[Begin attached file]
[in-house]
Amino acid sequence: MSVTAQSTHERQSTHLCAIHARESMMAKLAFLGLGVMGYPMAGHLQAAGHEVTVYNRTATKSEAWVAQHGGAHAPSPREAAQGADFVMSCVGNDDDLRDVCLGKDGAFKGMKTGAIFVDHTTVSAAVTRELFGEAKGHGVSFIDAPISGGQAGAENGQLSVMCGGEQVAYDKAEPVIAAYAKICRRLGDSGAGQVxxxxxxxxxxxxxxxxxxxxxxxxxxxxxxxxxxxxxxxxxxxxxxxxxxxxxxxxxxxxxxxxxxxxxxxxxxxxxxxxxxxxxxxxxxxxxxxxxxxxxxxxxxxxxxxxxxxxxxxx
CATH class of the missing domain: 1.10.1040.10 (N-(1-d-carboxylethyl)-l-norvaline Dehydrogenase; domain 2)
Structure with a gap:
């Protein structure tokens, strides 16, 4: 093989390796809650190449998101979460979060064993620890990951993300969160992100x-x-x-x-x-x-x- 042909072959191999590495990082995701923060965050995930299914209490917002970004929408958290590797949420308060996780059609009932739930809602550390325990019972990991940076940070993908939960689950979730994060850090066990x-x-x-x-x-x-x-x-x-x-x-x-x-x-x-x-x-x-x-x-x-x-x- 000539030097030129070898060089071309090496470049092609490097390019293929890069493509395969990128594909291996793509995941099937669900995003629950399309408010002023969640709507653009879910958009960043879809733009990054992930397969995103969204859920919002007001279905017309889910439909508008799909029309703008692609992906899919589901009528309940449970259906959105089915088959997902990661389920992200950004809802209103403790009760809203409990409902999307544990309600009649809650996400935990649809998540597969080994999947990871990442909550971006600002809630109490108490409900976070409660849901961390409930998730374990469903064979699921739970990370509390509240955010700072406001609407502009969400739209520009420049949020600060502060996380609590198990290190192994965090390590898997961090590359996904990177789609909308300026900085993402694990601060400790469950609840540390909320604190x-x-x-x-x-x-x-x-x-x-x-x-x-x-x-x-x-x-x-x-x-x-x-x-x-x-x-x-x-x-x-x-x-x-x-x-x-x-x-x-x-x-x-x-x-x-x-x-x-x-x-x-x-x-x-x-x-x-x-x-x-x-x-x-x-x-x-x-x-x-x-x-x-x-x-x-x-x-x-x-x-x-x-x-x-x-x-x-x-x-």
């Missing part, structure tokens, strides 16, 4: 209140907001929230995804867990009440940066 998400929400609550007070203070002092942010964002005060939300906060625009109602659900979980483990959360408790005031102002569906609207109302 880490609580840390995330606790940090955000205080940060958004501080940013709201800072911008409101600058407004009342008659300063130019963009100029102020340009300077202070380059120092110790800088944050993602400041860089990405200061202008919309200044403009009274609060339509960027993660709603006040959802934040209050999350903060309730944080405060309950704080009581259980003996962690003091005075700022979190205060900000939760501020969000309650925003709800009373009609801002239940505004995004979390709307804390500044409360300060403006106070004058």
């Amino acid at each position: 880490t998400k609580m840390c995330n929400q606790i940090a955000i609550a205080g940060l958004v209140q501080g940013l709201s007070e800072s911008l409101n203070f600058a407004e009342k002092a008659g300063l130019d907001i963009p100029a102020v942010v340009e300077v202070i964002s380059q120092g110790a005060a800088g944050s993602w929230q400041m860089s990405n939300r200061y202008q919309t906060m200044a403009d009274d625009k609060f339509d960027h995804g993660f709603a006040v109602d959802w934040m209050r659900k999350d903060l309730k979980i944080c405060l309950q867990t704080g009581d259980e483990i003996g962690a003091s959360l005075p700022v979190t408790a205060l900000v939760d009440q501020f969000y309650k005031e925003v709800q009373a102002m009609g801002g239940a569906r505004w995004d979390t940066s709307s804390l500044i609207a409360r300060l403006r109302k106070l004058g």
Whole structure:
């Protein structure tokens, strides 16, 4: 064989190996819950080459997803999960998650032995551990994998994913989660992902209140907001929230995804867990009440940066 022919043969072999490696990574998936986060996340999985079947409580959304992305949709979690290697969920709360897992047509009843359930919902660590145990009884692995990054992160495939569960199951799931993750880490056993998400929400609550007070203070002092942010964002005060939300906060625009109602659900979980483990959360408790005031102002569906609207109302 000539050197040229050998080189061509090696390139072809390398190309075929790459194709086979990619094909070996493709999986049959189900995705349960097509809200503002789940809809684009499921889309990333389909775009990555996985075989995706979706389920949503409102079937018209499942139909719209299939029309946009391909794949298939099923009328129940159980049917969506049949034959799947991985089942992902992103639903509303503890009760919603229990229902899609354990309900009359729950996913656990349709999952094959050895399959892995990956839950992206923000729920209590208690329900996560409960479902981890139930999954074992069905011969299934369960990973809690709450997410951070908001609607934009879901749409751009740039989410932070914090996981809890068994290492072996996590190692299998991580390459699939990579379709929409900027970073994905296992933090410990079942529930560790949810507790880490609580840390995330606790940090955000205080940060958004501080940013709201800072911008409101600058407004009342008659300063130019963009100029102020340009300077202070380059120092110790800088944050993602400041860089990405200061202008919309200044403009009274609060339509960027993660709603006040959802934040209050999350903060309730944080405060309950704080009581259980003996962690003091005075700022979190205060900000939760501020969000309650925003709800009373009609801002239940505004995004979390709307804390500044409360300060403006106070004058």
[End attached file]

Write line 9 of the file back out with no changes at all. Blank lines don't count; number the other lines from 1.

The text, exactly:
């Protein structure tokens, strides 16, 4: 064989190996819950080459997803999960998650032995551990994998994913989660992902209140907001929230995804867990009440940066 022919043969072999490696990574998936986060996340999985079947409580959304992305949709979690290697969920709360897992047509009843359930919902660590145990009884692995990054992160495939569960199951799931993750880490056993998400929400609550007070203070002092942010964002005060939300906060625009109602659900979980483990959360408790005031102002569906609207109302 000539050197040229050998080189061509090696390139072809390398190309075929790459194709086979990619094909070996493709999986049959189900995705349960097509809200503002789940809809684009499921889309990333389909775009990555996985075989995706979706389920949503409102079937018209499942139909719209299939029309946009391909794949298939099923009328129940159980049917969506049949034959799947991985089942992902992103639903509303503890009760919603229990229902899609354990309900009359729950996913656990349709999952094959050895399959892995990956839950992206923000729920209590208690329900996560409960479902981890139930999954074992069905011969299934369960990973809690709450997410951070908001609607934009879901749409751009740039989410932070914090996981809890068994290492072996996590190692299998991580390459699939990579379709929409900027970073994905296992933090410990079942529930560790949810507790880490609580840390995330606790940090955000205080940060958004501080940013709201800072911008409101600058407004009342008659300063130019963009100029102020340009300077202070380059120092110790800088944050993602400041860089990405200061202008919309200044403009009274609060339509960027993660709603006040959802934040209050999350903060309730944080405060309950704080009581259980003996962690003091005075700022979190205060900000939760501020969000309650925003709800009373009609801002239940505004995004979390709307804390500044409360300060403006106070004058």